– The size of the hole is important because you want just enough air flow to prevent anaerobic conditions (rots the worms), but not enough to have it fly away (especially in higher winds). The size of the holes you should have is 3/8 of an inch.

Heating – If the temperature in your house drops below 70 degrees at any time of the year, you will need to incorporate a way to heat the inside of your bin. There are several ways that you can do this.

The first way (and probably cheapest) is to put your bin in an area of your house that already maintains a higher temperature, such as your basement or garage. The second way is to use a heat lamp (only if you have a cover that is transparent) or heating pad on the bottom of your bin. These can be set on a timer so it can heat your bin at certain times during the day. The third, and most expensive way, is to buy an aquarium heater and put it inside your bin.

Manure – You can buy bags of processed manure from the store or you can collect fresh cow manure. The best type of manure comes from cows that have been fed only grass.

If you are collecting cow manure, put a tarp in the pasture and collect the manure during the Spring when they are out on pasture. If you are using store bought manure, try to get the freshest bag you can.

What do I need to get started?

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1. Location (indoors) – If you live in a warmer climate, you can place it outside.

If not, you will need to find a space inside your house (garage, basement, etc).

2. Container – You will need a large container that will hold at least 2 cubic feet of space (container sizes will vary depending on the size of your family).

3. Manure – Cows that have only been fed grass make the best manure.

You can also use rabbit manure or composted household waste if you do not have access to cow manure.

4. Bedding – The container needs to be three quarters full of manure and the rest should be bedding (shredded paper, dried leaves, sawdust, etc).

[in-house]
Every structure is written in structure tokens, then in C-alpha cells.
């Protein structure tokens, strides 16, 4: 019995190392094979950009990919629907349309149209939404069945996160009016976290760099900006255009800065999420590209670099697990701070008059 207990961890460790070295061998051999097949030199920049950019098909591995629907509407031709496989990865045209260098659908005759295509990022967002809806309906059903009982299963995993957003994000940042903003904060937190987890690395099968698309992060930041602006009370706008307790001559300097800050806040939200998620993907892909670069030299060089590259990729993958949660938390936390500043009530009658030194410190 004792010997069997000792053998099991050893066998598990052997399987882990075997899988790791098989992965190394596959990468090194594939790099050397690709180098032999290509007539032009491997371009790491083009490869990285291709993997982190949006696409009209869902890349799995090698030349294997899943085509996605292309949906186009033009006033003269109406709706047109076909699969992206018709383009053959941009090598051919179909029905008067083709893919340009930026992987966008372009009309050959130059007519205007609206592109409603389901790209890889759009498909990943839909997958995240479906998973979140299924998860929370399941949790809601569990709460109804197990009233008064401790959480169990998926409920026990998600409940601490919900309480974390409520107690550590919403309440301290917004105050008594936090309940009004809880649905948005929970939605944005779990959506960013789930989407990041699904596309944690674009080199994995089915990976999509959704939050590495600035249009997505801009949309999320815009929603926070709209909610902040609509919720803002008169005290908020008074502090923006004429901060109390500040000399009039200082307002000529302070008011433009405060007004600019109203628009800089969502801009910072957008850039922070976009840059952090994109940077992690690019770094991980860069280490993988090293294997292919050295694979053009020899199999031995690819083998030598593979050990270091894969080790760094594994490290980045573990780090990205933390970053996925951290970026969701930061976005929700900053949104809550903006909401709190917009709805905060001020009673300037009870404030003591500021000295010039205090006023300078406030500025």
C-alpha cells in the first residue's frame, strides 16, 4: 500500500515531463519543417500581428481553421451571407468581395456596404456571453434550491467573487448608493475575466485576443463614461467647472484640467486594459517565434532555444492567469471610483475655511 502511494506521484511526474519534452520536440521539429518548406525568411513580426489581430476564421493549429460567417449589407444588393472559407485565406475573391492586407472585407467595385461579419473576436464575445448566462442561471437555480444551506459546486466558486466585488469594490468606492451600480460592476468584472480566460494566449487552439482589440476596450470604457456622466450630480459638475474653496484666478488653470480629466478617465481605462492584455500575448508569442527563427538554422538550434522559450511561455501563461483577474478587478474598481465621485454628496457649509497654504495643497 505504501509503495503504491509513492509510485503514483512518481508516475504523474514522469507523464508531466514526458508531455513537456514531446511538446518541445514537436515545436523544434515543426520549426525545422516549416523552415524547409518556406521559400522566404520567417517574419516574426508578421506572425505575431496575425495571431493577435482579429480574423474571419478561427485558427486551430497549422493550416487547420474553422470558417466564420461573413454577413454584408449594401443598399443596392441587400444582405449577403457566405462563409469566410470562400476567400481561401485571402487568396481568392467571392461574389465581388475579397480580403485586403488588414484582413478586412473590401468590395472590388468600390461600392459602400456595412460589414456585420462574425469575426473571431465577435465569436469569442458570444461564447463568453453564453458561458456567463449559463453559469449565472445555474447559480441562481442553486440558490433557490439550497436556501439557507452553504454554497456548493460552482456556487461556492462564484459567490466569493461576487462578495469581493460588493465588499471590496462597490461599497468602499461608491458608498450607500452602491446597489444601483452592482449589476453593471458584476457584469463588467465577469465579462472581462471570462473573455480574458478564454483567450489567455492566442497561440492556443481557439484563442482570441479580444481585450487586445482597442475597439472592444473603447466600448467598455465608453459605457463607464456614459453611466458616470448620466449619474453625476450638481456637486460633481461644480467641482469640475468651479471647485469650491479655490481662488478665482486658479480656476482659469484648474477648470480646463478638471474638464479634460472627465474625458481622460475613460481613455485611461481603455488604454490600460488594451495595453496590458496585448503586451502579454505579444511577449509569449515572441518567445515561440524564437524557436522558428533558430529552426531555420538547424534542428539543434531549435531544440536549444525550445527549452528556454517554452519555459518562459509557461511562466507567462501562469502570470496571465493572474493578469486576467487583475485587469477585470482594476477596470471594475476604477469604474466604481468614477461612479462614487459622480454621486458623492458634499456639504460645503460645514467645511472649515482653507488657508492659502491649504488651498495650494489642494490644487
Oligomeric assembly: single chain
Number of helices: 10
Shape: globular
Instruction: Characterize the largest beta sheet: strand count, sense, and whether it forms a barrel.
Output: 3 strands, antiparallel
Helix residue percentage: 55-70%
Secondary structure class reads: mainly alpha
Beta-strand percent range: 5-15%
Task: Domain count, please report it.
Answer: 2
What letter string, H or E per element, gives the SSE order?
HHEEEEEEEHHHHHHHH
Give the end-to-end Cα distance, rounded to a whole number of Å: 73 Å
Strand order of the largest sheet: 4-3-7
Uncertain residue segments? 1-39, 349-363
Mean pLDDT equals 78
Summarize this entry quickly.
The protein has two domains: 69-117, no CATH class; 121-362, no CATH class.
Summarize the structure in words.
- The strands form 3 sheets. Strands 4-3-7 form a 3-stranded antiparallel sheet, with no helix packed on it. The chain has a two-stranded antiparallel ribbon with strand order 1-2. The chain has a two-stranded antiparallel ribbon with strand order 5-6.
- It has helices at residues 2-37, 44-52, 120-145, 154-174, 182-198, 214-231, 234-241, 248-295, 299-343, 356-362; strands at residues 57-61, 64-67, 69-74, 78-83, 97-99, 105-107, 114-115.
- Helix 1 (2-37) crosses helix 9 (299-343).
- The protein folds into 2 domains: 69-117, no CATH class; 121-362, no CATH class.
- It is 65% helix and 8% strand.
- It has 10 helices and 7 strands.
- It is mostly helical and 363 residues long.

The bedding acts as a filter and helps with the overall health of your colony.

5. Cover – The container needs to be covered, otherwise it will get blown away in the wind.

You can build a wood cover or use a large plastic tarp.

6. Screen – Attach a screen over the hole in the cover.

The worms will crawl under the cover to escape the heat, but need to be able to get back inside.

How do I start?

1. Collecting & Cleaning Manure – Collect manure in a tub or wheelbarrow.

Soak manure in water and let it sit overnight. Drain the water the next day and repeat this process until the water is clear.

Spread out on newspapers to dry completely (may take a week or more).

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2. Mixing Bedding & Manure – Three parts bedding to one part manure.

Sources & references used in this article:

… Garbage: How to Set Up and Maintain a Worm Composting System: Compost Food Waste, Produce Fertilizer for Houseplants and Garden, and Educate Your … by M Appelhof, J Olszewski – 2017 – books.google.com

Forming electrochemically active biofilms from garden compost under chronoamperometry by S Parot, ML Délia, A Bergel – Bioresource technology, 2008 – Elsevier

The preparation and use of compost by Agromisa, M Inckel, T Tersmette – 2005 – journeytoforever.org

Garden compost inoculum leads to microbial bioanodes with potential-independent characteristics by B Cercado, N Byrne, M Bertrand, D Pocaznoi… – Bioresource …, 2013 – Elsevier

This compost by W Whitman – Leaves of Grass, 1867 – spongymesophyll.com

The Rodale book of composting: easy methods for every gardener by DL Martin, G Gershuny – 1992 – books.google.com

Acetate to enhance electrochemical activity of biofilms from garden compost by S Parot, ML Délia, A Bergel – Electrochimica Acta, 2008 – Elsevier